Back in October Celtic and Neil Lennon peered over the edge of the precipice when they were 3-0 down against Kilmarnock at Rugby Park. On the half time whistle the fans made it clear they were unhappy but, most importantly, they did not turn on their manager or his players. The impressive comeback that day was partly due to the fans’ response and their backing during that difficult period was vital. Had the fans turned on Lennon and the players then that comeback would not have been remotely possible.

This loyalty, as in 1980, has to be rewarded. Nothing would be more fitting if the current Celtic team bring the SPL trophy back to Paradise. As the media were gleefully writing Lennon’s obituary it was the supporters who lifted the team and helped them to save the day.

I recently read an article about Bobby Gould (father of our own ex custodian Jonny Gould). Bobby said that when he became a rookie manager at Bristol Rovers he called five of the top managers UK for their advice; Bob Paisley (Liverpool), Ron Saunders (Aston Villa), Lawrie McMenemy (Southampton), John Lyall (West Ham) and Brian Clough (Nottingham Forest).

Bob Paisley told him that he should choose a playing system and stick by it at all costs no matter what happens.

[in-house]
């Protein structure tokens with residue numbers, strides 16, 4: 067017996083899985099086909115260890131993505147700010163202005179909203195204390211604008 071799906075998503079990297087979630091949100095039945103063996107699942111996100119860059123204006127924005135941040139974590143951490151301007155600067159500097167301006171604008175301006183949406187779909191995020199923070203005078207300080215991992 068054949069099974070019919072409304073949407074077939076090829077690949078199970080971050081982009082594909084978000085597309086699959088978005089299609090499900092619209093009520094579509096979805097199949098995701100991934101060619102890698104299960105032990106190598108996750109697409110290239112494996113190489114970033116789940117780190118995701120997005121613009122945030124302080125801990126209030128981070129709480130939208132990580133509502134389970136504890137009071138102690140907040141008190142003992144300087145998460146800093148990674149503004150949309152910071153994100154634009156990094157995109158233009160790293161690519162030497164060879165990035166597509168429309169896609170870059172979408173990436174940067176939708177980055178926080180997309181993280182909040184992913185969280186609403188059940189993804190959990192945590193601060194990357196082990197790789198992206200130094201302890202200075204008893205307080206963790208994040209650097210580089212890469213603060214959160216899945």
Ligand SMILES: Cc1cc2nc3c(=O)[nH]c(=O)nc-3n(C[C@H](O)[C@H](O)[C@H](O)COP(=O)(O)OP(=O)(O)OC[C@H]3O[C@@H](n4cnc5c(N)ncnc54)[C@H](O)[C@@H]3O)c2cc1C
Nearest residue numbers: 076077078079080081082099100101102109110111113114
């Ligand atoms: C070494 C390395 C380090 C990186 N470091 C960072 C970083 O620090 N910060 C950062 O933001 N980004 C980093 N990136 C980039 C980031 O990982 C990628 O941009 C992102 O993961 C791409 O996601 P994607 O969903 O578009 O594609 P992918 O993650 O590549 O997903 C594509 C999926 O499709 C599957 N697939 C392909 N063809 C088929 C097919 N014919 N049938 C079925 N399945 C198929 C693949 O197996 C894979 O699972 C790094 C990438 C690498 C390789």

Ron Saunders said that discipline was of the utmost importance and that the players should know who is boss at all times.

Lawrie McMenemy said that he should get the local press on board and that good PR was absolutely vital.

John Lyall said that the most important thing was getting your back room team right and having people you can trust all around you.

Cloughie ? His advice to Bobby was that he should refer to him as ‘Mr Clough’ next time he called and not to call him ‘Brian’ !

I don’t know if Neil Lennon turned to anyone for advice but he deserves great credit for turning things around since that testing trip to Rugby Park in October.

We’re not out of the woods yet though and this is the time of year when results are vital to any side chasing a league title.

The players have a moral obligation to repeat the success of 1980. Those magnificent Celtic fans deserve nothing less.